by Fran Higgins, BFA
So, you love peanut butter and alfalfa sprouts but hate salmonellosis. You’re not alone.
The fever, abdominal cramps and diarrhea caused by the Salmonella serotype Typhimurium bacteria are not what one expects or hopes for after enjoying a sandwich or snack, so I spoke with Linsey Donner, MT(ASCP) from our Clinical Laboratory Science Education program to find out more about these critters and the recent outbreaks we’ve all heard about in the news lately. Linsey has faced off with these bacteria under her microscope on more than one occasion. She was happy to share her expertise.
Salmonellosis is not uncommon and most of the time it is self-limiting, meaning the symptoms will probably subside on their own in 4-7 days without any treatment. If you are treated, you are more likely to become a carrier, so treatment is only necessary in severe cases – usually in the elderly, infants, or immunocompromised individuals. The most important things for someone with salmonellosis are to stay hydrated and wash hands, especially before handling food.
If you think you’ve been exposed to Salmonella and are showing symptoms which are not getting better within a week, see your family practitioner. Your doctor will ask you to collect a stool sample and they will send it to the lab. The clinical laboratory scientist then cultures the sample for pathogenic bacteria, incubates it, and can identify the bacteria in 48 hours. If it is indeed Salmonella hanging its ugly hat in the agar plate, the scientist then does susceptibility testing to see which antibiotics are effective against the bacteria. All told, it takes about 72 hours from start of identification to the finish of this process, at which time the lab sends a report back to the physician who can then, if indicated, prescribe and treat with the proper antibiotics. The lab also reports these positive findings to the Public Health Department who in turn reports to the Centers for Disease Control.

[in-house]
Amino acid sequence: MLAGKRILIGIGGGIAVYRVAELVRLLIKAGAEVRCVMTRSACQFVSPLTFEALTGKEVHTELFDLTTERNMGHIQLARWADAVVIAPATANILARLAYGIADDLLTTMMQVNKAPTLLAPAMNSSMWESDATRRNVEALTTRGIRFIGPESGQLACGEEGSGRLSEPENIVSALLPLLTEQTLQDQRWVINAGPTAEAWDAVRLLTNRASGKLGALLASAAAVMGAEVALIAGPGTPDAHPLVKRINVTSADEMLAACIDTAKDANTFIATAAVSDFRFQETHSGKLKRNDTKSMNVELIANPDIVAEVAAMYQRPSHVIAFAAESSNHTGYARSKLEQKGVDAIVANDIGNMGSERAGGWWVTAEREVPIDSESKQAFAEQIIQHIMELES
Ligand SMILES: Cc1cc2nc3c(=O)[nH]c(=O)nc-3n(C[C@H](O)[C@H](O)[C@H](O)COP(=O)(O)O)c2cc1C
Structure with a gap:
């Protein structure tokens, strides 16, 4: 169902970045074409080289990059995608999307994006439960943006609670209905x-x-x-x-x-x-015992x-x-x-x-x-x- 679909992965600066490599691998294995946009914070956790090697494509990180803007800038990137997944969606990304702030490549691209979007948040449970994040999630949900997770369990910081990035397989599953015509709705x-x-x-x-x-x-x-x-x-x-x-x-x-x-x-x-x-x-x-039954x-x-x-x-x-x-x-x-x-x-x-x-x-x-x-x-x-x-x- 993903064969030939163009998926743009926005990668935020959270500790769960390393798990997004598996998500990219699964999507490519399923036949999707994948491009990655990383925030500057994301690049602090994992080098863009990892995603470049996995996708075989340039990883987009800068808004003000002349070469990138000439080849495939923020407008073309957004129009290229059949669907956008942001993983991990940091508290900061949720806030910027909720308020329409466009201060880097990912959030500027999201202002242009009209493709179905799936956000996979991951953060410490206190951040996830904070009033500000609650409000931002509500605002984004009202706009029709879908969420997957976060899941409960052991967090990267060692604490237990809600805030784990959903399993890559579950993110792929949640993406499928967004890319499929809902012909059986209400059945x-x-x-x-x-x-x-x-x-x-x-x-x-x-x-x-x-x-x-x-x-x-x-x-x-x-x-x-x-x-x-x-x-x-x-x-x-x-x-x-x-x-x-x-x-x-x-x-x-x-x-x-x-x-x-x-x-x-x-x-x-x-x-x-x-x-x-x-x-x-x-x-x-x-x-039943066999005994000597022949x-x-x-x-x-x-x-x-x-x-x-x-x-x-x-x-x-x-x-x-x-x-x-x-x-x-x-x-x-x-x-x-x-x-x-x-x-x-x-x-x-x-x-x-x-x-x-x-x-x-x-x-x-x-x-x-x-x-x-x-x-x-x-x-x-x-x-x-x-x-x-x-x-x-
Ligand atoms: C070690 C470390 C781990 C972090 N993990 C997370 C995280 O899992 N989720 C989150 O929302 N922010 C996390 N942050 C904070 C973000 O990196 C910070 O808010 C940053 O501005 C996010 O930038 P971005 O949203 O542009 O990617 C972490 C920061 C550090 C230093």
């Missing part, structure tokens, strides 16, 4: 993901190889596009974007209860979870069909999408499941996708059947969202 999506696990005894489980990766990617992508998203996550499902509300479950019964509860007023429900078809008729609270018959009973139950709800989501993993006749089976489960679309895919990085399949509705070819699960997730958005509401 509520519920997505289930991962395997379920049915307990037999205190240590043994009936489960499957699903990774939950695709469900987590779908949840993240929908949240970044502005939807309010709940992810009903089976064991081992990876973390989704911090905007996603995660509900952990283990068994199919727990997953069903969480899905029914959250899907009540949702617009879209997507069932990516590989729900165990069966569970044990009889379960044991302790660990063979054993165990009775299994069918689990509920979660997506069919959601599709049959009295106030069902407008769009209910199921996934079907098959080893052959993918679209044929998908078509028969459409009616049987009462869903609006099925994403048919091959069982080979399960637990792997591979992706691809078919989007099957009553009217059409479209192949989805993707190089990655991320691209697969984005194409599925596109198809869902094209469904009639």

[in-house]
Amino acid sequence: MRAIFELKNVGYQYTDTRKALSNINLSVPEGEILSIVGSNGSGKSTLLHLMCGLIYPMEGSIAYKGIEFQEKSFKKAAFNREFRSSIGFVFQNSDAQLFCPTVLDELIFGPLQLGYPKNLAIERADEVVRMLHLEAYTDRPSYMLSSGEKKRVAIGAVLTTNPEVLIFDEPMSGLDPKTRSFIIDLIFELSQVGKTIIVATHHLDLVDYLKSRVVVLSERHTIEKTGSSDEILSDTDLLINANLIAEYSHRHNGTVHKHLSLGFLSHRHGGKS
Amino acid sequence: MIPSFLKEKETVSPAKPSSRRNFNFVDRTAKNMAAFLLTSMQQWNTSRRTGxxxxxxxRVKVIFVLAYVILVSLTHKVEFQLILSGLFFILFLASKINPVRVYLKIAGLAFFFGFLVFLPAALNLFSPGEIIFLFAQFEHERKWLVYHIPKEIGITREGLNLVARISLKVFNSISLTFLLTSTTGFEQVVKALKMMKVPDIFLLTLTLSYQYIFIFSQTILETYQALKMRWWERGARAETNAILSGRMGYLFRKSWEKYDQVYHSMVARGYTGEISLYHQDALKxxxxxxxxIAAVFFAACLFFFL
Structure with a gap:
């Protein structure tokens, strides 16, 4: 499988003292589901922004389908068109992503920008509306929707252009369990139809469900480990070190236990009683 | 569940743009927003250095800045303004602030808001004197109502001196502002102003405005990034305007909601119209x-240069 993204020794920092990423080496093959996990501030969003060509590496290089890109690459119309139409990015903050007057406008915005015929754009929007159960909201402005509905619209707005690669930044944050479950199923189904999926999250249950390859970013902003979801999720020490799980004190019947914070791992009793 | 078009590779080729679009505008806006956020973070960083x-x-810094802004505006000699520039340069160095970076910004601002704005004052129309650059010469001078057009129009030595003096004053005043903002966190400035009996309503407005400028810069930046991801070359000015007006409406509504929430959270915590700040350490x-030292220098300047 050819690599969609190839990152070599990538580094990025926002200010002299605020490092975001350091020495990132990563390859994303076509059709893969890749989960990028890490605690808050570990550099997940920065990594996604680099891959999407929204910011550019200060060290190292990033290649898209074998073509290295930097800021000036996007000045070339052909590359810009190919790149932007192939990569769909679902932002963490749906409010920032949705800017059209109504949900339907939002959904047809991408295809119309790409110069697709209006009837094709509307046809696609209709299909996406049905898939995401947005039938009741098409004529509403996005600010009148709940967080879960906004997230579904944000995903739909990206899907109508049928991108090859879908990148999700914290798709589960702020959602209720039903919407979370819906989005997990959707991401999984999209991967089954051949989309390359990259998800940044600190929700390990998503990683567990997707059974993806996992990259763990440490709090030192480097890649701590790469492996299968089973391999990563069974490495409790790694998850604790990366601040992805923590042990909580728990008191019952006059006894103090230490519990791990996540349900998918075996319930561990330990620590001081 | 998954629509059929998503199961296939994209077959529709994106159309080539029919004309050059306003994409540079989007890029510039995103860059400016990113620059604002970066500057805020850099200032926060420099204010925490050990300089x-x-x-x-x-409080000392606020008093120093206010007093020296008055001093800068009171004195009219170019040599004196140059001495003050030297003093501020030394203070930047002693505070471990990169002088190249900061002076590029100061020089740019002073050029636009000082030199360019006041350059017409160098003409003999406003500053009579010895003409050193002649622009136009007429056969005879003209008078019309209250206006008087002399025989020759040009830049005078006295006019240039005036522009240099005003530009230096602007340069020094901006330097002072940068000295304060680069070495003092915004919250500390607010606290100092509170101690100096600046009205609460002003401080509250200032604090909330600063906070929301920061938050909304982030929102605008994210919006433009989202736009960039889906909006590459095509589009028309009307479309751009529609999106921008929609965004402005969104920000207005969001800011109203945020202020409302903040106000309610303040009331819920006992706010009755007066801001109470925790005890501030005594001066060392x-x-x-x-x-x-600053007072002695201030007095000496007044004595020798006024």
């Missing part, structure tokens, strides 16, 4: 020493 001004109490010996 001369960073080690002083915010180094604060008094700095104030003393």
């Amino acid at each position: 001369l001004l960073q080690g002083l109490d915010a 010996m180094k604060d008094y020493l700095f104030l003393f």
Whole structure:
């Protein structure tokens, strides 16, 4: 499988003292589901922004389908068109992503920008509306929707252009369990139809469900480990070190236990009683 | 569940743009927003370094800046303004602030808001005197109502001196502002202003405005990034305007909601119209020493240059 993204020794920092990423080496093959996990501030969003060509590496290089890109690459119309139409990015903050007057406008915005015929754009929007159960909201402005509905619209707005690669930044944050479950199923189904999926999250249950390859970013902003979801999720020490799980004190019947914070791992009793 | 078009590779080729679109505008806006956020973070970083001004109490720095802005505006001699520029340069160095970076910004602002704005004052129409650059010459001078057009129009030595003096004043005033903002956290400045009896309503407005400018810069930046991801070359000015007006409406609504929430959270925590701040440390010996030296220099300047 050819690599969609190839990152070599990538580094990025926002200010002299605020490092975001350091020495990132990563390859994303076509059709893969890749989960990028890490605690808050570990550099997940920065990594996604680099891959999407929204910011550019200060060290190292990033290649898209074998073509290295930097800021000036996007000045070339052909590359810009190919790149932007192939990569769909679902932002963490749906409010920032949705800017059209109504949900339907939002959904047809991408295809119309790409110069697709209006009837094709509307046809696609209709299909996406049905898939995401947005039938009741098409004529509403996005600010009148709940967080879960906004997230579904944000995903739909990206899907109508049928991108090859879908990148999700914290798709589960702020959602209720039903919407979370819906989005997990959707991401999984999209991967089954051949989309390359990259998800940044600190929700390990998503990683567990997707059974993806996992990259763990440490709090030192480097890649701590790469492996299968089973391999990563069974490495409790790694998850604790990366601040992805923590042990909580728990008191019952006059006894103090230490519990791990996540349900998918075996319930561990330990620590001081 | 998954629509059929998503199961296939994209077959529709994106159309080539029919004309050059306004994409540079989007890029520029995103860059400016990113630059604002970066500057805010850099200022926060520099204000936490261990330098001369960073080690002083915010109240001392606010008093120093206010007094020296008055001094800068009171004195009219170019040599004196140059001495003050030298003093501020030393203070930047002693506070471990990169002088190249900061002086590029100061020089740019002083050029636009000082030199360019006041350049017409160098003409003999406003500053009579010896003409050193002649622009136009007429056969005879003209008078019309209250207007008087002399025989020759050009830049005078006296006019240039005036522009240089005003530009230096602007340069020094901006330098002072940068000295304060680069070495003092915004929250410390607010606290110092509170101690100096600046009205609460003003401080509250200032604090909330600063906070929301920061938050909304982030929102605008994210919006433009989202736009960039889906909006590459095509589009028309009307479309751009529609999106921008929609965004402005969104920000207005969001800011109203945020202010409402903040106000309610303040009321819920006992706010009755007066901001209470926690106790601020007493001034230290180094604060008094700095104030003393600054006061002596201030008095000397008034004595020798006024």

Did you know that 70-80% of patient management decisions are based on laboratory tests? Without microbiologists and clinical laboratory scientists, physicians wouldn’t have enough information to diagnose and treat most illnesses, particularly those like salmonellosis which require specific tests to detect. The scientist needs to be able to differentiate between thousands of “normal” bacteria and the pathogenic ones, or “bad guys,” as I prefer to call them.
Most people get salmonellosis from undercooked meat, poultry, eggs, or from milk. The recent cases in the United States have been connected to peanut butter and, here in Douglas County, alfalfa sprouts.
Linsey’s tips for prevention: Cook your foods to the correct temperatures, make certain your dairy products are pasteurized, keep uncooked meats separated from produce, wash your hands thoroughly with soap before handling foods, after using the restroom, and after coming in contact with animal feces or handling pets (particularly reptiles or birds).